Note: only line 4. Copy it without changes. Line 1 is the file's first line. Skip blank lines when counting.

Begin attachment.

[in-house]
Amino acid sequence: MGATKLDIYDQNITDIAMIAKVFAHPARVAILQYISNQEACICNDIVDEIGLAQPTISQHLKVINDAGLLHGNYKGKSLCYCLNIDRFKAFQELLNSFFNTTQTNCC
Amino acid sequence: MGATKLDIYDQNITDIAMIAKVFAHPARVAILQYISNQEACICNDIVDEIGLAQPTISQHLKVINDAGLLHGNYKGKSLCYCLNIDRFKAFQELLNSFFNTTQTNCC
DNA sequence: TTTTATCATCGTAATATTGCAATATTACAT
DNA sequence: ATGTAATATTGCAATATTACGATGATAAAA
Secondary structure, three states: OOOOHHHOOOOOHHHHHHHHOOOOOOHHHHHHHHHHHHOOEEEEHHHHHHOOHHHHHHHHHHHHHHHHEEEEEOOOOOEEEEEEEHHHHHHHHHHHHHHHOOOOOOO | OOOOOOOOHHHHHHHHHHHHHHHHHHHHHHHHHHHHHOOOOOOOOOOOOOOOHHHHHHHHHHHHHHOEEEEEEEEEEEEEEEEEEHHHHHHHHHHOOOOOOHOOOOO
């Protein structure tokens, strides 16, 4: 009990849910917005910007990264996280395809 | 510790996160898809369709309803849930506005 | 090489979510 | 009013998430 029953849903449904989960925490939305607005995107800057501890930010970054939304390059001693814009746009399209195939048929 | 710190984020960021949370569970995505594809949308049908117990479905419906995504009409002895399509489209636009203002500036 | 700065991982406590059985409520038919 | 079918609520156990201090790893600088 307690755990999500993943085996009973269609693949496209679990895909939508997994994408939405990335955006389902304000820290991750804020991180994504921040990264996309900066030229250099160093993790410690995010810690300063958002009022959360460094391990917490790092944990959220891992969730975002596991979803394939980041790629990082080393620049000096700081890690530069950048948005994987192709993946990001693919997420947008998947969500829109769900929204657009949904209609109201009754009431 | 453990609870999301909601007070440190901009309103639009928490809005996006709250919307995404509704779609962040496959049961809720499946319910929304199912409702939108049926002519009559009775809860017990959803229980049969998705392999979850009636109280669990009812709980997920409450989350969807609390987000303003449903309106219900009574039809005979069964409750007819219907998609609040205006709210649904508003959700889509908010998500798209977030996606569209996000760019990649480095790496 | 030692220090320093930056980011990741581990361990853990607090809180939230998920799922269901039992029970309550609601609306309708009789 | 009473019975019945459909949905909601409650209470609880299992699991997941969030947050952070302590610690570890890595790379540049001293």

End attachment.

DNA sequence: TTTTATCATCGTAATATTGCAATATTACAT